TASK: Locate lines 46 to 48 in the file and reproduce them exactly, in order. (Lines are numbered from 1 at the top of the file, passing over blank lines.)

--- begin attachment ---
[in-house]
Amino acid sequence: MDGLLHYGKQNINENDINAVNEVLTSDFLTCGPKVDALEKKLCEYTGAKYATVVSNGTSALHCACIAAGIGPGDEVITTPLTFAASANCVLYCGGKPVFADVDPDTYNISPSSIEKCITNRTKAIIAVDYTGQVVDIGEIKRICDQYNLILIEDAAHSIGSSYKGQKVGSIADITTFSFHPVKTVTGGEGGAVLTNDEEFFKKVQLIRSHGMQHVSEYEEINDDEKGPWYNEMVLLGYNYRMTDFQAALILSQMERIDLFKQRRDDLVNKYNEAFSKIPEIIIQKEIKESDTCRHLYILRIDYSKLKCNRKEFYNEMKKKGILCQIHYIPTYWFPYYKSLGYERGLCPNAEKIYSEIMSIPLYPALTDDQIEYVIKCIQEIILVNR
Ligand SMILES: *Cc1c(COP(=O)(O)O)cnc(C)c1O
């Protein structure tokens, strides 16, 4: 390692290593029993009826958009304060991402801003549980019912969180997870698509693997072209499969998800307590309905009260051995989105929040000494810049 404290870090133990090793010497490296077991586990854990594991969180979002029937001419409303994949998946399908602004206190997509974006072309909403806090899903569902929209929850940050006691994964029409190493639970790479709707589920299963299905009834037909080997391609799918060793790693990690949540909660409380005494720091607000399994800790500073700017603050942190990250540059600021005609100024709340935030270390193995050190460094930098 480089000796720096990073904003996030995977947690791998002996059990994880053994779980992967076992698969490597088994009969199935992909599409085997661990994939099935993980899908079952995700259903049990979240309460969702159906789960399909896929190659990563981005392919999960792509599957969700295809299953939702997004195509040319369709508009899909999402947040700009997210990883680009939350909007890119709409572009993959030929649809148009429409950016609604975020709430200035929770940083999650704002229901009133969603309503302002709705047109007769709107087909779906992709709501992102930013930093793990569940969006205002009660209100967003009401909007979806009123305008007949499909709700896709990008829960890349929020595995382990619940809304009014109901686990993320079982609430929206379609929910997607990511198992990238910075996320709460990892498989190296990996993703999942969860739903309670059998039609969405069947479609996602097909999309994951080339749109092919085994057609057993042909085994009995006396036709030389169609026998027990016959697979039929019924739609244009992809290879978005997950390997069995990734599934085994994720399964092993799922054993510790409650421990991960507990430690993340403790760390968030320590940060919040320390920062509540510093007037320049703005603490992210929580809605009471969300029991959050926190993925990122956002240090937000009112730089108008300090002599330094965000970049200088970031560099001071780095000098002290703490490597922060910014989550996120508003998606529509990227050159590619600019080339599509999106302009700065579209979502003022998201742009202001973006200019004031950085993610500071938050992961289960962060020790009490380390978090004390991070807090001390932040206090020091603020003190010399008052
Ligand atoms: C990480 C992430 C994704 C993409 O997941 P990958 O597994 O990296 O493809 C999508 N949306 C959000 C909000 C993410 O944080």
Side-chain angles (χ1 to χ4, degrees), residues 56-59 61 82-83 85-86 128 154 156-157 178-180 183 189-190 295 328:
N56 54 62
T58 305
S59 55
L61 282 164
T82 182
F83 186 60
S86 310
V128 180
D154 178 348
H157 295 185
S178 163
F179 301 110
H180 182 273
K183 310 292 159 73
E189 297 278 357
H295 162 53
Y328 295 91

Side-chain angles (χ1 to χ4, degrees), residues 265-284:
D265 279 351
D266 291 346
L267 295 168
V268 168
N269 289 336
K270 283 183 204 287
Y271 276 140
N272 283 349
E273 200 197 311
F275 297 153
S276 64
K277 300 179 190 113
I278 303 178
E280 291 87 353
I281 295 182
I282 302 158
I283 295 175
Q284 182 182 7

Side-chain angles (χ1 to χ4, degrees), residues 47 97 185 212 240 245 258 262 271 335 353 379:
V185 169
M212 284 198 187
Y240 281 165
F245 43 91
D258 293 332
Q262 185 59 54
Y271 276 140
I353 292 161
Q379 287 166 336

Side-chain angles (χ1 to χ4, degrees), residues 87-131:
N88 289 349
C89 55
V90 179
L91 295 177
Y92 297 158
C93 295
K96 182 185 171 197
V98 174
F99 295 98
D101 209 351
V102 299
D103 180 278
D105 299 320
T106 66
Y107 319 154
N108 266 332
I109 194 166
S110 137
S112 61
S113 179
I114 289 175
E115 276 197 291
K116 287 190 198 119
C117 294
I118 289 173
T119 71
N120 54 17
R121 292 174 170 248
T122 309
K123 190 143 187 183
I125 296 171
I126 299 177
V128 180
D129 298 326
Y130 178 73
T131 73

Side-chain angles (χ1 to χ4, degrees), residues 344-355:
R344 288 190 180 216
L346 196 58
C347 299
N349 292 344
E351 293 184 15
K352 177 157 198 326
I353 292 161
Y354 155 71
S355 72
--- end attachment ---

Y240 281 165
F245 43 91
D258 293 332